Capitalism, competition and profits

Capitalism is about profits but economic theory tells us price should equal the marginal cost which does not allow for any profit.  It could be there is a contradiction between what we say we believe and the way we actually behave.  Figuring this out may be a major step in understanding our economy.

Price should equal marginal cost, the cost of the last item produced, because profits will attract more producers into an industry until competition forces prices down to the marginal cost level.  For this theory to work there must be perfect competition.  Perfect competition requires easy entry into a business, a uniform product,  that no participant in the market be large enough to influence prices by limiting sales or purchases and that all participants in the market have full knowledge of the market.

In perfect competition there are no profits because competition will force prices down to breakeven point.

This would be great for customers but producers, believing they have a right to profits want to restrict competition.  As producers tend to have more power than consumers there are in our economy lots of restrictions on competition.  There  are many ways to restrict competition but probably the best is to get governments to pass legislation that interferes with the operation of a competitive market. Look at the four requirements for perfect competition in the second paragraph above for ideas how to restrict competition.  Some of the legislation which interferes is patent and copyright, tariffs, subsidies and licensing.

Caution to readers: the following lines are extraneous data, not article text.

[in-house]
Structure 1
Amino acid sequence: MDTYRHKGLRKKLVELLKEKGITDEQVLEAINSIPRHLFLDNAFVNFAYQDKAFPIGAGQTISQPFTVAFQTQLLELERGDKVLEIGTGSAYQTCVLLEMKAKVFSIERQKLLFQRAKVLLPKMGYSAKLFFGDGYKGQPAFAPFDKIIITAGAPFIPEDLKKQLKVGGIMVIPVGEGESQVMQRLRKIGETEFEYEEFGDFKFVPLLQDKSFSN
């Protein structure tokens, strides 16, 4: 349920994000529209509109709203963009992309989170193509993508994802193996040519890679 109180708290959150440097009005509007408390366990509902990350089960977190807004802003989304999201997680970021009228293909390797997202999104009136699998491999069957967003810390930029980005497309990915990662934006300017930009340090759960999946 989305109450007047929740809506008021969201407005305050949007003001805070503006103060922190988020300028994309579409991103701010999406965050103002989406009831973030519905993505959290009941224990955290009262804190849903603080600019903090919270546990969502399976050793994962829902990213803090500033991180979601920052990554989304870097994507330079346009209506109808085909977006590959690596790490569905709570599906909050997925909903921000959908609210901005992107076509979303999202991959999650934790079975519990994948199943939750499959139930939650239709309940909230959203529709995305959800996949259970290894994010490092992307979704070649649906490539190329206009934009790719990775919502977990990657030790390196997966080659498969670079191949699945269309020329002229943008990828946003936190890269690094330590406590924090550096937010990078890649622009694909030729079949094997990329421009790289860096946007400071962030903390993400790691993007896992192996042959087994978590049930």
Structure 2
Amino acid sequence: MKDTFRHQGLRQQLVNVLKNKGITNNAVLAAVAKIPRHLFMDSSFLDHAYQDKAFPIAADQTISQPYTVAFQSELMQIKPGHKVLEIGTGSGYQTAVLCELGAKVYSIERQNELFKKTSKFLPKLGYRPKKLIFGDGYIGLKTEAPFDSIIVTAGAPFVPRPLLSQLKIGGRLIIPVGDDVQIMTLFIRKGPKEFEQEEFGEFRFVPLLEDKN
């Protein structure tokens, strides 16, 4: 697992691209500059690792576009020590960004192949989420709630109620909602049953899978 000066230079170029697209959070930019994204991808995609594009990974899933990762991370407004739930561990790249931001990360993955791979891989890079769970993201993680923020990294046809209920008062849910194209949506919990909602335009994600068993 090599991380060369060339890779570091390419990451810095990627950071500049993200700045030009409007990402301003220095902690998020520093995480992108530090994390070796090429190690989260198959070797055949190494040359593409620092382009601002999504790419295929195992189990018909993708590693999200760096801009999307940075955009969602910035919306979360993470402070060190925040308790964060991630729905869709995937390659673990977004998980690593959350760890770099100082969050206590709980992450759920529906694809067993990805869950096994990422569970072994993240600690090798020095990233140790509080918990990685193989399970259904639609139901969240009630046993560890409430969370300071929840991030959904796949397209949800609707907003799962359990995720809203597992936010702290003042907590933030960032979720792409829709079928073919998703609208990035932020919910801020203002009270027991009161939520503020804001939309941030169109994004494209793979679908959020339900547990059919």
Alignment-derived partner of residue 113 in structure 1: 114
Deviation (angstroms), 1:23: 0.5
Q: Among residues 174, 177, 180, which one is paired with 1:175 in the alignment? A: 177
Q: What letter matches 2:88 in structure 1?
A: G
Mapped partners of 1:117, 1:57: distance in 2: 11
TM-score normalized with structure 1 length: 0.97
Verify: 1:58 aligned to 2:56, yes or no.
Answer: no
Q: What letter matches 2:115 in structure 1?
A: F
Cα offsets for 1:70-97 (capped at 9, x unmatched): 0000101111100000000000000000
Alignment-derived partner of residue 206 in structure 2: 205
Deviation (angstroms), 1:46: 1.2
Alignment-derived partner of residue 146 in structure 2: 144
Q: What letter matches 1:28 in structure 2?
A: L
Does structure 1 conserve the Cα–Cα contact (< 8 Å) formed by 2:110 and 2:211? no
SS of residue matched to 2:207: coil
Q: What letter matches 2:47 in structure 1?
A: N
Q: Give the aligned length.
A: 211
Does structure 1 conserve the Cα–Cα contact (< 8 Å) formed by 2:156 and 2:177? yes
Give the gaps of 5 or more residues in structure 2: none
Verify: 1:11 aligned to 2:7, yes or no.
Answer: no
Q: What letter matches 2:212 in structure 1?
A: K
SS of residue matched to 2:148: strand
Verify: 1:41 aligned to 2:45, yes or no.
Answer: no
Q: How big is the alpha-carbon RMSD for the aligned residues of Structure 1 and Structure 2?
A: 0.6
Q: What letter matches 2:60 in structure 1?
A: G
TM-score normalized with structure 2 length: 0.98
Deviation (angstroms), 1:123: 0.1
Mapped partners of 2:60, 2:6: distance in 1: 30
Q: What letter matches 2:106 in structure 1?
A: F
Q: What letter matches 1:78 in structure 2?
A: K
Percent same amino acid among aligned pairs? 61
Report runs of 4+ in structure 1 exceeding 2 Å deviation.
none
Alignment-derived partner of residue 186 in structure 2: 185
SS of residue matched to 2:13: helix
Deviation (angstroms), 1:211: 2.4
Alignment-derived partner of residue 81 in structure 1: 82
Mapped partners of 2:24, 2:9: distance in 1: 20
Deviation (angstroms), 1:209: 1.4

An advantage of legislation restricting competition is that the state and its legal system can be used to enforce it.

Sometimes definitions can be fuzzy and most definitions of capitalism fit this.  The definition of perfect competition (see second paragraph above) is more precise even if it appears unrealistic.  We have jokes about economists making assumptions.  It is not safe to assume that capitalism is perfect competition.

I think the perfect competition model is very useful in that it provides an ideal towards which we could be working.  It provides guidance for policy even though there are lots of forces working against that policy.

Whatever name we apply to our way of organizing our economy, it is important to understand that it is based on governments passing legislation to restrict competition.

 

If you liked this post your are invited to comment, press the like button and/or click  one of the share buttons. If you disagree you are invited to say why in a comment.  While I like the idea of sharing this platform, my personality is such that I don’t reply to many comments.

Advertisements
%d bloggers like this: